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ADORE website, videos are new tools for Alzheimer's research recruitment

Nina Silverberg
Nina SILVERBERG,
Director, Alzheimer's Disease Centers Program,
Division of Neuroscience (DN)
.

The recent strong funding support for Alzheimer’s science at NIA is a wonderful opportunity. But this exciting surge in clinical research brings with it a burgeoning demand for clinical research volunteers, and NIA is eager to assist investigators in achieving their recruitment goals. An estimated 270,000 participants are needed to meet the recruitment needs of nearly 200 Alzheimer’s and related dementias clinical trials and studies—and many more people will need to be screened to find eligible participants.

As an important step toward meeting that challenge, NIA is pleased to announce the debut of ADORE (Alzheimer's and Dementia Outreach, Recruitment, and Engagement Resources) a searchable, online toolbox designed to help researchers engage, recruit, and retain participants in clinical trials and studies for the prevention and treatment of Alzheimer’s disease and related dementias.

ADORE brings together hundreds of resources—including journal articles, toolkits, recruitment plans, and more—shared by NIA-supported Alzheimer’s Disease Research Centers (ADRCs) and other agencies and organizations. ADORE is browsable by multiple topics, including recruitment or engagement goals and participant characteristics or demographics.

You can search ADORE by resource category, keyword, or tag. ADORE currently hosts about 325 resources designed to:

  • Educate and raise awareness
  • Recruit and retain participants
  • Explain procedures and results
  • Manage research operations

Recruitment planning roadmap

As a starting point for your outreach and engagement efforts, check out our new Alzheimer’s Disease and Related Dementias Clinical Studies Recruitment Planning Guide (PDF, 4.64M), featured in the ADORE toolbox. The guide identifies ways to overcome barriers to local research participation, including how to develop and sustain community partnerships, promote health and science literacy, and address bias in workforce diversity. The guide was developed by the Local, Diverse Working Group, part of the National Strategy effort convened by NIA.

It takes thousands

Another resource we’re particularly excited about is a series of testimonial videos that tell the stories of study volunteers from ADRCs at the University of Wisconsin and Wake Forest University. These videos feature participants from all walks of life who discuss what motivates them and how research staff support them to participate in studies and trials.

Each video was made with a specific audience in mind, and their storylines include:

  • When both of Will’s parents developed dementia, he and his wife moved back into his childhood home to be full-time caregivers. He discusses how participating in a clinical trial helped him take better care of himself physically and receive emotional support from other caregivers in his community.
  • While Bob doesn’t have relatives with Alzheimer’s, he has a daughter with Down syndrome, which puts her at increased risk for developing dementia. He is a healthy control volunteer, motivated by his daughter’s condition and his love of science. He also discusses and debunks some concerns that may make potential volunteers hesitant to join a study.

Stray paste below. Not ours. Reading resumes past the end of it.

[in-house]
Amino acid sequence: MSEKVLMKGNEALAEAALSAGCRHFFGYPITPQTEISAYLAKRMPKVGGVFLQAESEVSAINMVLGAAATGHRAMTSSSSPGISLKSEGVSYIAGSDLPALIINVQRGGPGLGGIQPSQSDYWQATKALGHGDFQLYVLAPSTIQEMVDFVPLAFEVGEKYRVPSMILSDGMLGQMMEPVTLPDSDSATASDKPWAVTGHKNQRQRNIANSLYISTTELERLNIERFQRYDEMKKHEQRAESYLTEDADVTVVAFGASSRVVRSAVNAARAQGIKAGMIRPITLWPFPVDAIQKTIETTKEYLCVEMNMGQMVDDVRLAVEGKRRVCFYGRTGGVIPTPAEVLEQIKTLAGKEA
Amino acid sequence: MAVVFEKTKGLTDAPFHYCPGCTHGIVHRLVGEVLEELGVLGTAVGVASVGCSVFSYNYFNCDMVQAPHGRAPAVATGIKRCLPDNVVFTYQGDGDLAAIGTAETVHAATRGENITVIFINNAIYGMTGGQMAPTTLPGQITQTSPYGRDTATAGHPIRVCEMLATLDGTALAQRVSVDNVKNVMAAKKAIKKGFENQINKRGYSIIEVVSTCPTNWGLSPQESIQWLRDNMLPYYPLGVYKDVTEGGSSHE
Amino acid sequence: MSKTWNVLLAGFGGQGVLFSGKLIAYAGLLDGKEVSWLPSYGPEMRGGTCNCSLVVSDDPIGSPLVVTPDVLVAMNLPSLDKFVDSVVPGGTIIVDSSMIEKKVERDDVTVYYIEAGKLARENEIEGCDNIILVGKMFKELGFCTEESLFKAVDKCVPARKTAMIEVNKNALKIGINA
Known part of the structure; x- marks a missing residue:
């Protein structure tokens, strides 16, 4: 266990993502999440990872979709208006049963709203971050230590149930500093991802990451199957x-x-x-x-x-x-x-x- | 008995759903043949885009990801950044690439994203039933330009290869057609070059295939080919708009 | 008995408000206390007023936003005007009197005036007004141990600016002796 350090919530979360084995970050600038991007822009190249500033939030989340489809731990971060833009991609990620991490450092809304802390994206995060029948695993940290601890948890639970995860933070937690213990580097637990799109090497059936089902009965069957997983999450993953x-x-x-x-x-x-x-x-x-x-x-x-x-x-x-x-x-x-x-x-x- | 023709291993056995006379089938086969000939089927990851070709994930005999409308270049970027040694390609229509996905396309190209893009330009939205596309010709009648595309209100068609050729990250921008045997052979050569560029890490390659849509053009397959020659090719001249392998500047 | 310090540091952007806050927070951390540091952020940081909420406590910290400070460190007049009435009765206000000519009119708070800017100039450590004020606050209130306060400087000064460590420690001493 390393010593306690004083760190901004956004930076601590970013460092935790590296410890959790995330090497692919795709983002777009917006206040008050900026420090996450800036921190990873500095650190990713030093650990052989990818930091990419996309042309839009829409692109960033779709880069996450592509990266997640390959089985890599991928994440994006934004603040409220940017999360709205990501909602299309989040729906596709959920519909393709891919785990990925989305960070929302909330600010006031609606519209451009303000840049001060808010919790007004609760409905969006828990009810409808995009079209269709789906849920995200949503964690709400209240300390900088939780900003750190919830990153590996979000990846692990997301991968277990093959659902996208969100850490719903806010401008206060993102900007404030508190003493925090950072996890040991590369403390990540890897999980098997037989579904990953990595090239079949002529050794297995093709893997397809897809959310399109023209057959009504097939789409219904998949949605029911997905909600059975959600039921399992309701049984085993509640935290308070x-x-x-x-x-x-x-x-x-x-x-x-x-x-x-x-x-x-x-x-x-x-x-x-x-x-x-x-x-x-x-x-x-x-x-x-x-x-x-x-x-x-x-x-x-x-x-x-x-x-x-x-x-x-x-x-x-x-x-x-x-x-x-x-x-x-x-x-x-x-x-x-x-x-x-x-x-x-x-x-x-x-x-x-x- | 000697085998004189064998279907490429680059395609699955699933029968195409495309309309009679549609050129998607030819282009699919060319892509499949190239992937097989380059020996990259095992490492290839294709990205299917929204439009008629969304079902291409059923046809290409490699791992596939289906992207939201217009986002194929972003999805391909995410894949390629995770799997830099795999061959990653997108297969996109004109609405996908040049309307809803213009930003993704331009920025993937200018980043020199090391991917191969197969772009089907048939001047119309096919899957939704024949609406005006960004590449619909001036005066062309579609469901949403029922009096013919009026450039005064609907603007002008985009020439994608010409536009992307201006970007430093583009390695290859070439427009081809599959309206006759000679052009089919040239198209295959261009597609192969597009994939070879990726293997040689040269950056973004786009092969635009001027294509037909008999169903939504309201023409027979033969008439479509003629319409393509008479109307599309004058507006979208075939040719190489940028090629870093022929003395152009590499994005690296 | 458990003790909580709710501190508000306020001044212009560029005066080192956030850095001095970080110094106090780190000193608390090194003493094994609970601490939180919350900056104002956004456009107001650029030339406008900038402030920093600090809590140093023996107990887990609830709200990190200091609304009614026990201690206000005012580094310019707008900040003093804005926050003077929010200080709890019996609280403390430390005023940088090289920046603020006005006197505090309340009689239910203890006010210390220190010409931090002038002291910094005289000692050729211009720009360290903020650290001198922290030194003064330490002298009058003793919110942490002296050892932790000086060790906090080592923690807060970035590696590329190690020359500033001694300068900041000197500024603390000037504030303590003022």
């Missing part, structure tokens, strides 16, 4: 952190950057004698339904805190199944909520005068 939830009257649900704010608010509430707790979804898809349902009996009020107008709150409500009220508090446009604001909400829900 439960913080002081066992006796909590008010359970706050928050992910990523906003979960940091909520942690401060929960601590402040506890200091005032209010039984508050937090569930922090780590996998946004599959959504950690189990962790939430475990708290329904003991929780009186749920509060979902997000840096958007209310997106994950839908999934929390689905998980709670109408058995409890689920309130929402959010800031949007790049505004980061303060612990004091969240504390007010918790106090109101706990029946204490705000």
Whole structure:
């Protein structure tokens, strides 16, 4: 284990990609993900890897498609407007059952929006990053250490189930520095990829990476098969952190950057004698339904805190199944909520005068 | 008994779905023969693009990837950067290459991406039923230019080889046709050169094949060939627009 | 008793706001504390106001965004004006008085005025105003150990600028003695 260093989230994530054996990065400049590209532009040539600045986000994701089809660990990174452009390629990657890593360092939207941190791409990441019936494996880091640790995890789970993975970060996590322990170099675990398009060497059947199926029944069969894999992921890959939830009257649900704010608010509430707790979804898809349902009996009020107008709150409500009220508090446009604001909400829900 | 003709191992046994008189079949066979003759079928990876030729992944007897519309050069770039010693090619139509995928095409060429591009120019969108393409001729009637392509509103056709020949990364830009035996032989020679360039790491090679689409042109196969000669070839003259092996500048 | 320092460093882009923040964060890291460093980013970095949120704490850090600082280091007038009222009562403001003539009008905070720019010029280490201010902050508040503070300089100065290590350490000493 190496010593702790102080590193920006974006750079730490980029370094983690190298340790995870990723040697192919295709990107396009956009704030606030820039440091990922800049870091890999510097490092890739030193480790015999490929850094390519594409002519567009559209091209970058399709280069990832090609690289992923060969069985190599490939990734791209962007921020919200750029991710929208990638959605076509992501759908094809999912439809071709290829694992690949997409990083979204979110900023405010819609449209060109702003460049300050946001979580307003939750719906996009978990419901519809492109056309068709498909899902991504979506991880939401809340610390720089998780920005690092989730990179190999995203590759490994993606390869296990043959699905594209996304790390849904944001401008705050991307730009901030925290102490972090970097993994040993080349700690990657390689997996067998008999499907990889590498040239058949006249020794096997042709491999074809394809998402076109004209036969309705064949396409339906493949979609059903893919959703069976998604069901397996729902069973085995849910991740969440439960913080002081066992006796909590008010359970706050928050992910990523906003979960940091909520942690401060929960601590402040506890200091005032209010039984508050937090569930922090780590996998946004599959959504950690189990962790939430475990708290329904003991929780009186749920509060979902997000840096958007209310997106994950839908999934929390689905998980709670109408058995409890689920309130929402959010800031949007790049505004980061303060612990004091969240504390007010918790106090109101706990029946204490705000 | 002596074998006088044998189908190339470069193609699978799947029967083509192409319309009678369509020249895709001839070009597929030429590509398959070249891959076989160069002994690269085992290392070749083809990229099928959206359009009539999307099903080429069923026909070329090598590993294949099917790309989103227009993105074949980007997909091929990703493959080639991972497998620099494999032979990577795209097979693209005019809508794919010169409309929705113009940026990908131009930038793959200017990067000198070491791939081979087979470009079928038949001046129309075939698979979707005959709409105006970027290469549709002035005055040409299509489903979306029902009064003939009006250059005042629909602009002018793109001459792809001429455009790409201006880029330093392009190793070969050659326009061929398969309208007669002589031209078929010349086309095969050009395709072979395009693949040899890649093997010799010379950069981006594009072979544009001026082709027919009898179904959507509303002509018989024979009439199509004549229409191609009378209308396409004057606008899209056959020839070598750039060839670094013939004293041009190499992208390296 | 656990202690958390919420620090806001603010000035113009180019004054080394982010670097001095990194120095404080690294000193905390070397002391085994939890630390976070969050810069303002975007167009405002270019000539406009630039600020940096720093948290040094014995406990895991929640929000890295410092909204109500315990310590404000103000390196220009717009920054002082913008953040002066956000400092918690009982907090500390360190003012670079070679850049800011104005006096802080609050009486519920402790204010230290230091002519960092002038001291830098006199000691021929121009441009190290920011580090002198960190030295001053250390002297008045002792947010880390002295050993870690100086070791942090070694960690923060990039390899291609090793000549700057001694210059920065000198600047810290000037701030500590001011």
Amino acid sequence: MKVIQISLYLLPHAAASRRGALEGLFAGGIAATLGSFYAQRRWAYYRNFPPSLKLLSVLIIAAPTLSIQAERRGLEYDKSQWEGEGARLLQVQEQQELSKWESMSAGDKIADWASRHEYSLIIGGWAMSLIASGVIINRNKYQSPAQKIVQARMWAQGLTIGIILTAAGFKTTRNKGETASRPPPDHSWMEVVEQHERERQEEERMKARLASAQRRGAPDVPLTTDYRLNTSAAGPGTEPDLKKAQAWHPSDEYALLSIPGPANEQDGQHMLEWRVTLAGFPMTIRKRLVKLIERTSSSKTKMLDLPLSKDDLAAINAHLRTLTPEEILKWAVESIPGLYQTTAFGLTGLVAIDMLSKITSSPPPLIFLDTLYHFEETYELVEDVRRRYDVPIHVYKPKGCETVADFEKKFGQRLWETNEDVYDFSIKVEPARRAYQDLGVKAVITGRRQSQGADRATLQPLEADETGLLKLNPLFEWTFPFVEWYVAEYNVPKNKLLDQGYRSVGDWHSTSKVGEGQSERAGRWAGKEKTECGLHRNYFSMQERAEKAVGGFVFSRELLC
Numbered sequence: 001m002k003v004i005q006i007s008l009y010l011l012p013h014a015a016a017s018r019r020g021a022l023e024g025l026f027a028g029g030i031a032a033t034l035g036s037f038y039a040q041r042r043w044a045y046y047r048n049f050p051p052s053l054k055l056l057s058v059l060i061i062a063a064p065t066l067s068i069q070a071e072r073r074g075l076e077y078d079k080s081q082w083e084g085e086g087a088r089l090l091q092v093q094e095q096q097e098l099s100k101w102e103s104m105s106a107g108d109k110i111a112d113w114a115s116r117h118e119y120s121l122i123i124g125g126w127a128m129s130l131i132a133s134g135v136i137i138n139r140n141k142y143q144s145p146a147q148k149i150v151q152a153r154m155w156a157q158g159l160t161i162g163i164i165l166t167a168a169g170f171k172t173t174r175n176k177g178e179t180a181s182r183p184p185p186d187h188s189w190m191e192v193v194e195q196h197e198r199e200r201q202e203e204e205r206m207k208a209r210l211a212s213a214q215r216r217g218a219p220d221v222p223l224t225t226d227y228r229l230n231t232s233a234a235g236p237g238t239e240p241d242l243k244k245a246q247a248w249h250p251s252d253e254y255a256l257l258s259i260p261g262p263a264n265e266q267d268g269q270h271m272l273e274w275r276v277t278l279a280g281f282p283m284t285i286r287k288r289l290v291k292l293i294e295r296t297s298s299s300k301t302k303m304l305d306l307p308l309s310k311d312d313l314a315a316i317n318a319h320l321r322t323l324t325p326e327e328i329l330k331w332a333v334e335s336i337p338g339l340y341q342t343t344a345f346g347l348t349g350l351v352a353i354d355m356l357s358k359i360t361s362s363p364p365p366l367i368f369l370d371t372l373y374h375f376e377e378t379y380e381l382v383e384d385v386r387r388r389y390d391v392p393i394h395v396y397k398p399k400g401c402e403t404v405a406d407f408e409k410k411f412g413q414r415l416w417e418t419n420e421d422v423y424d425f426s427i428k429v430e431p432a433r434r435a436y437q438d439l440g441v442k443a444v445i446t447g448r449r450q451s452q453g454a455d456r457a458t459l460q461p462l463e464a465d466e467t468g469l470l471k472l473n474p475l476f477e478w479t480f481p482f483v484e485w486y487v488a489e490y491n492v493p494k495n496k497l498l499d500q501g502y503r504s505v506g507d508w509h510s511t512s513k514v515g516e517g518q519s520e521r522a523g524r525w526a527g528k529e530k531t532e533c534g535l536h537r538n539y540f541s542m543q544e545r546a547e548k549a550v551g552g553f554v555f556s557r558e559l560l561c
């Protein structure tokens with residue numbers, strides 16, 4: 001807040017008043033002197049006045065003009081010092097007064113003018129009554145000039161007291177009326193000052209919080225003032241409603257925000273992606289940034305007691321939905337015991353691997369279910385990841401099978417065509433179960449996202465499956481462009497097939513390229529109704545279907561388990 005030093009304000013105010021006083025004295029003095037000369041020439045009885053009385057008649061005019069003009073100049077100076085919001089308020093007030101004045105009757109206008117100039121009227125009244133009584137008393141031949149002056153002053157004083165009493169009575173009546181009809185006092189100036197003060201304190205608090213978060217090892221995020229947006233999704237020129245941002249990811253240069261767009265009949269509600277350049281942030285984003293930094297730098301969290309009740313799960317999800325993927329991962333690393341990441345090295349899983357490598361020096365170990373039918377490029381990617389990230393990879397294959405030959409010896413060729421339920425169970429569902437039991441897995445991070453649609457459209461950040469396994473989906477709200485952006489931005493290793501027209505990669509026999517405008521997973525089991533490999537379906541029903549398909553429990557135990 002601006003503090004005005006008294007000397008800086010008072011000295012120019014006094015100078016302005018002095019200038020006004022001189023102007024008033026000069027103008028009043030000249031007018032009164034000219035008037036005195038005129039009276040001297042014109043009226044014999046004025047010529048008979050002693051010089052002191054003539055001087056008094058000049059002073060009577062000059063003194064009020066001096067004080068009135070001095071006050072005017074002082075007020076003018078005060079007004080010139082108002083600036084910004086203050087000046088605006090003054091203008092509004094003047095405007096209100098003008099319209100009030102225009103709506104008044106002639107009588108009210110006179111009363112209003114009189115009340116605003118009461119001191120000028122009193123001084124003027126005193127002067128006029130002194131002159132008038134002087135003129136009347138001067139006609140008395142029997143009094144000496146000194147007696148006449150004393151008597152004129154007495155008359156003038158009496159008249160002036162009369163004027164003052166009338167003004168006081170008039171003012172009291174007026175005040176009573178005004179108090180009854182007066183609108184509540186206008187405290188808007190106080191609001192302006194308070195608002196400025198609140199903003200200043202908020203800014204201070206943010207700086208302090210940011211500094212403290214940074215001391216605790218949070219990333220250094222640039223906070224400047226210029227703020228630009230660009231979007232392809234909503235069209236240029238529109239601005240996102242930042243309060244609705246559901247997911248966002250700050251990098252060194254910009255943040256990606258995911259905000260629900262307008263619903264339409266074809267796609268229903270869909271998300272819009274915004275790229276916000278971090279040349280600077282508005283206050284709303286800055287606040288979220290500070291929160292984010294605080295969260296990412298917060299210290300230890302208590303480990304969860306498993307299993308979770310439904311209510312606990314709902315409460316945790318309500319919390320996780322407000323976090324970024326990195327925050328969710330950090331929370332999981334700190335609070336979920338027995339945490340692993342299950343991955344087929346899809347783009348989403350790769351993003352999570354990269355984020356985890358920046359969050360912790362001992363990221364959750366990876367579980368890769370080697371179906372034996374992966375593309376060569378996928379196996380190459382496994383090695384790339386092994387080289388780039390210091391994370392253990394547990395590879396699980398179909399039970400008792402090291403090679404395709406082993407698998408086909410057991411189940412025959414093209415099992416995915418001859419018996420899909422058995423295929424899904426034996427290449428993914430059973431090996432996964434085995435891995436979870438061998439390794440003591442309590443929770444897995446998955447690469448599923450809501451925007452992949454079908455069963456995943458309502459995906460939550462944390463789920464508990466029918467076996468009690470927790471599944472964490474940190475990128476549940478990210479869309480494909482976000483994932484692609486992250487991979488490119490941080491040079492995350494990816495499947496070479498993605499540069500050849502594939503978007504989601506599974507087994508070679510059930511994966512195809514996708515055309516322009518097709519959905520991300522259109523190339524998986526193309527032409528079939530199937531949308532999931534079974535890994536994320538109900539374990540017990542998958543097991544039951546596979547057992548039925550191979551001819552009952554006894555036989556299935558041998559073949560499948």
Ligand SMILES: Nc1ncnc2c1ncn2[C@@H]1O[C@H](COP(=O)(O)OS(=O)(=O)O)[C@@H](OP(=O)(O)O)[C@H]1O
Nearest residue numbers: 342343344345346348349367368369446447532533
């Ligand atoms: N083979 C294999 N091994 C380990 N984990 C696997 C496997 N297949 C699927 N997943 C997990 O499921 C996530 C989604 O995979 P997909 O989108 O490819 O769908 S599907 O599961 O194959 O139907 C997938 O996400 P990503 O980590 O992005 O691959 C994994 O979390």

• Kay lost her mother to the disease and worries since Alzheimer’s runs in her family. She is a vibrant older adult who hopes that by volunteering, she can increase the chances of a brighter future for earlier detection and treatment of dementia for her children, friends, and neighbors.
  • Keretha also lost her mother to dementia, and she discusses how Alzheimer’s doesn’t just impact a person, but an entire family. She hopes to set an example for increased participation by the African American community, who have a higher risk for developing dementia.

You can find all the testimonial videos on the NIA website. We encourage you to download and share them as part of engagement and recruitment efforts for your clinical studies.

As Bob put it, “I’m just one drop of water in a bucket. But it takes thousands of drops to win the fight against dementia.”

A new team member

Finally, we’re pleased to welcome a new team member to oversee the implementation of NIA’s national recruitment strategy. Holly A. Massett, Ph.D., has been named NIA’s Senior Advisor on Clinical Research Recruitment and Engagement. She brings a wealth of experience in program evaluation, consumer research, and social marketing to NIA and can be reached at massetth@mail.nih.gov. Look for a future post from Holly to introduce herself in more detail and offer an update on her exciting work.

Contribute to the community

We hope ADORE will be a valuable tool, but we need you to put it to work and help make it better. Sign up for e-alerts to be notified about new recruitment resources. Contribute a resource to share with the research community. Send us your feedback about specific additions or requests you’d like to see by commenting below or emailing NIAADRR@mail.nih.gov.

Comments

Submitted by Roger Wong on May 15, 2019

I would like to share a relevant article we published recently that I did not see posted on the ADORE page: "Strategies for the Recruitment and Retention of Racial/Ethnic Minorities in Alzheimer Disease and Dementia Clinical Research" (http://www.eurekaselect.com/170921/article)

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